Private firms cost councils

7th January 2005 at 00:00
Companies in charge of local education services are spending the most on administration. Graeme Paton reports

Private companies running local education services are spending on average a third more on administration than councils do, figures obtained by a headteachers' association have found.

The National Association of Head Teachers analysis of budgets for this financial year, shows the London borough of Southwark, where schools are in the hands of Cambridge Education Associates, spends pound;133 per pupil on administration, the highest in the country and more than twice the London borough average. The next costliest council is Islington, also involved in a deal with CEA, where costs are pound;99 per pupil.

In all, administration spending at seven out of the eight councils with links to private companies is above the national average. The only council to buck the trend is Bradford, which is involved in a partnership with Serco. However, the authority was criticised this week after it was revealed that it intends to transfer pound;1 million of schools' money to Serco's contract for 20056. Bradford council is proposing to move the cash from its central schools budget to the budget of the LEA, run by Education Bradford, a subsidiary of Serco.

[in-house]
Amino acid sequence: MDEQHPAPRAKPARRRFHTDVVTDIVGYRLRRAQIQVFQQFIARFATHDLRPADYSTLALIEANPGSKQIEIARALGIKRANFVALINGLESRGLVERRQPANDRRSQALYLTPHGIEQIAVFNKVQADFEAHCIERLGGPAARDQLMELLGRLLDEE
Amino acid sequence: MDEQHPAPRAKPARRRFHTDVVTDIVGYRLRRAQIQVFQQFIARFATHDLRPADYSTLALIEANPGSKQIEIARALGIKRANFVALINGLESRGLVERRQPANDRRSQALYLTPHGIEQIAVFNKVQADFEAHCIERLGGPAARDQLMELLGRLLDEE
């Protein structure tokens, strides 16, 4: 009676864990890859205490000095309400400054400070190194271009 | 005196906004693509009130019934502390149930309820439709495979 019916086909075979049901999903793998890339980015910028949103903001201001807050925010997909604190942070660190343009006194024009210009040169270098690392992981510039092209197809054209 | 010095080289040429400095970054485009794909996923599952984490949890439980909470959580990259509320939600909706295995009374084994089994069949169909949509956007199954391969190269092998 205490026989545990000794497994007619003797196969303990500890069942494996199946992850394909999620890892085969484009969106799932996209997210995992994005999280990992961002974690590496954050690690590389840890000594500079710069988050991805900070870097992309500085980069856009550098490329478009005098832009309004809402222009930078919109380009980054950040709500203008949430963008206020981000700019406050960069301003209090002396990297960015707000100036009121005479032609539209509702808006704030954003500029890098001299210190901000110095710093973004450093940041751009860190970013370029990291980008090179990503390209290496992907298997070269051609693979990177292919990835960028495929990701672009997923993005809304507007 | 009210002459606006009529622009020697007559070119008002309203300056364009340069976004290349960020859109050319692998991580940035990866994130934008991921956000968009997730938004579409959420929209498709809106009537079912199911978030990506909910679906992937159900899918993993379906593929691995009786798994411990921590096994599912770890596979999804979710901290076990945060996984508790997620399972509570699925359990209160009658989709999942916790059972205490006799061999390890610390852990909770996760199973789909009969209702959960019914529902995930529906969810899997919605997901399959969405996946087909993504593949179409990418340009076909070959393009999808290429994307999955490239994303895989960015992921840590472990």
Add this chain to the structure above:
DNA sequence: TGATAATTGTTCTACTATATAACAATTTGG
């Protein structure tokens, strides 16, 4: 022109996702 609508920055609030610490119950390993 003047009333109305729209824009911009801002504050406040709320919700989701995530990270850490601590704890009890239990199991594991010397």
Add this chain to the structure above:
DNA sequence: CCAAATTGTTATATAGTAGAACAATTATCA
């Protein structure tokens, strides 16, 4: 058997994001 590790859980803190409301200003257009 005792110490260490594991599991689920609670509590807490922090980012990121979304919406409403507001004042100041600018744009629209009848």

Mark Carriline, Bradford council's assistant chief executive, insisted headteachers were not being short-changed. "We have come a long way in the last few years, but there is still a big job to be done on school improvement and behaviour issues," he said.

David Hart, general secretary of the NAHT, said: "It seems outrageous that central administration costs are so much higher where local authorities have outsourced education."

On average, local education authorities intend to spend pound;57 per pupil on administration this financial year. In London boroughs the average jumps to pound;63. But an analysis of the figures carried out for the NAHT shows Southwark and Islington easily top the admin costs league table.

Swindon, which is involved in a three-year partnership with the Tribal Group, exceeds the national average by almost 50 per cent, with pound;80 per pupil spent on administration. Hackney, Wal-tham Forest, Leeds and Walsall councils, which are all involved in deals with the private sector, also spend more than the rest of England. A ninth LEA, Haringey, which ended its contract with Capita on August 31 last year, will spend pound;83 per pupil this year. But high costs are not restricted to the private sector. Portsmouth, Nottingham and London's Merton all spend more than pound;90 per pupil.

Wendy Sagar, head of education finance at Southwark, said the authority's spending appeared so high because extra costs had listed as "administration" in its contract with CEA when they should have been accounted for elsewhere in the budget. CEA was unavailable for comment.

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